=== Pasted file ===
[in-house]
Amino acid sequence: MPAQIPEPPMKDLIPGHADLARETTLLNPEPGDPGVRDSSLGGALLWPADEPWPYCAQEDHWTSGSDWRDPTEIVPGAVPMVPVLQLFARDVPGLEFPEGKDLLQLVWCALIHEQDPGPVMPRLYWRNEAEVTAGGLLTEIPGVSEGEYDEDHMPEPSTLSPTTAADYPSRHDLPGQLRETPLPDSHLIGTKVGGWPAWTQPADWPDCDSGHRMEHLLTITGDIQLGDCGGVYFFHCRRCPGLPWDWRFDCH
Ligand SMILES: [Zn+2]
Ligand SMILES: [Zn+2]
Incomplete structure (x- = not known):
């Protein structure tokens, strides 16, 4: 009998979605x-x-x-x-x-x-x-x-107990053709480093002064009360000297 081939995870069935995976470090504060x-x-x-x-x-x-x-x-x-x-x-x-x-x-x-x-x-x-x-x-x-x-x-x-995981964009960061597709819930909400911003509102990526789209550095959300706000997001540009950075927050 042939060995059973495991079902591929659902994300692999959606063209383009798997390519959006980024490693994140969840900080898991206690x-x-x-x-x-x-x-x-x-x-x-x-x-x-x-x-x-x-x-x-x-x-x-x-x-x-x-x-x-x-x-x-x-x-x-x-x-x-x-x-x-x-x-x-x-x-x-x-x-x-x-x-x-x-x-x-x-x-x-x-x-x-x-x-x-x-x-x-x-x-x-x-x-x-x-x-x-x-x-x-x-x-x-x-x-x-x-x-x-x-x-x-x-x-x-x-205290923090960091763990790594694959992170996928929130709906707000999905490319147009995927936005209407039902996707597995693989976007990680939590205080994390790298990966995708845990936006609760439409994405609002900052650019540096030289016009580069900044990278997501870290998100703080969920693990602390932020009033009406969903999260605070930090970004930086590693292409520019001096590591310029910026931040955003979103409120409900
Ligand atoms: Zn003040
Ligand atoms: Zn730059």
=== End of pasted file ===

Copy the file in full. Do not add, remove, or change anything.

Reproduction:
[in-house]
Amino acid sequence: MPAQIPEPPMKDLIPGHADLARETTLLNPEPGDPGVRDSSLGGALLWPADEPWPYCAQEDHWTSGSDWRDPTEIVPGAVPMVPVLQLFARDVPGLEFPEGKDLLQLVWCALIHEQDPGPVMPRLYWRNEAEVTAGGLLTEIPGVSEGEYDEDHMPEPSTLSPTTAADYPSRHDLPGQLRETPLPDSHLIGTKVGGWPAWTQPADWPDCDSGHRMEHLLTITGDIQLGDCGGVYFFHCRRCPGLPWDWRFDCH
Ligand SMILES: [Zn+2]
Ligand SMILES: [Zn+2]
Incomplete structure (x- = not known):
């Protein structure tokens, strides 16, 4: 009998979605x-x-x-x-x-x-x-x-107990053709480093002064009360000297 081939995870069935995976470090504060x-x-x-x-x-x-x-x-x-x-x-x-x-x-x-x-x-x-x-x-x-x-x-x-995981964009960061597709819930909400911003509102990526789209550095959300706000997001540009950075927050 042939060995059973495991079902591929659902994300692999959606063209383009798997390519959006980024490693994140969840900080898991206690x-x-x-x-x-x-x-x-x-x-x-x-x-x-x-x-x-x-x-x-x-x-x-x-x-x-x-x-x-x-x-x-x-x-x-x-x-x-x-x-x-x-x-x-x-x-x-x-x-x-x-x-x-x-x-x-x-x-x-x-x-x-x-x-x-x-x-x-x-x-x-x-x-x-x-x-x-x-x-x-x-x-x-x-x-x-x-x-x-x-x-x-x-x-x-x-205290923090960091763990790594694959992170996928929130709906707000999905490319147009995927936005209407039902996707597995693989976007990680939590205080994390790298990966995708845990936006609760439409994405609002900052650019540096030289016009580069900044990278997501870290998100703080969920693990602390932020009033009406969903999260605070930090970004930086590693292409520019001096590591310029910026931040955003979103409120409900
Ligand atoms: Zn003040
Ligand atoms: Zn730059």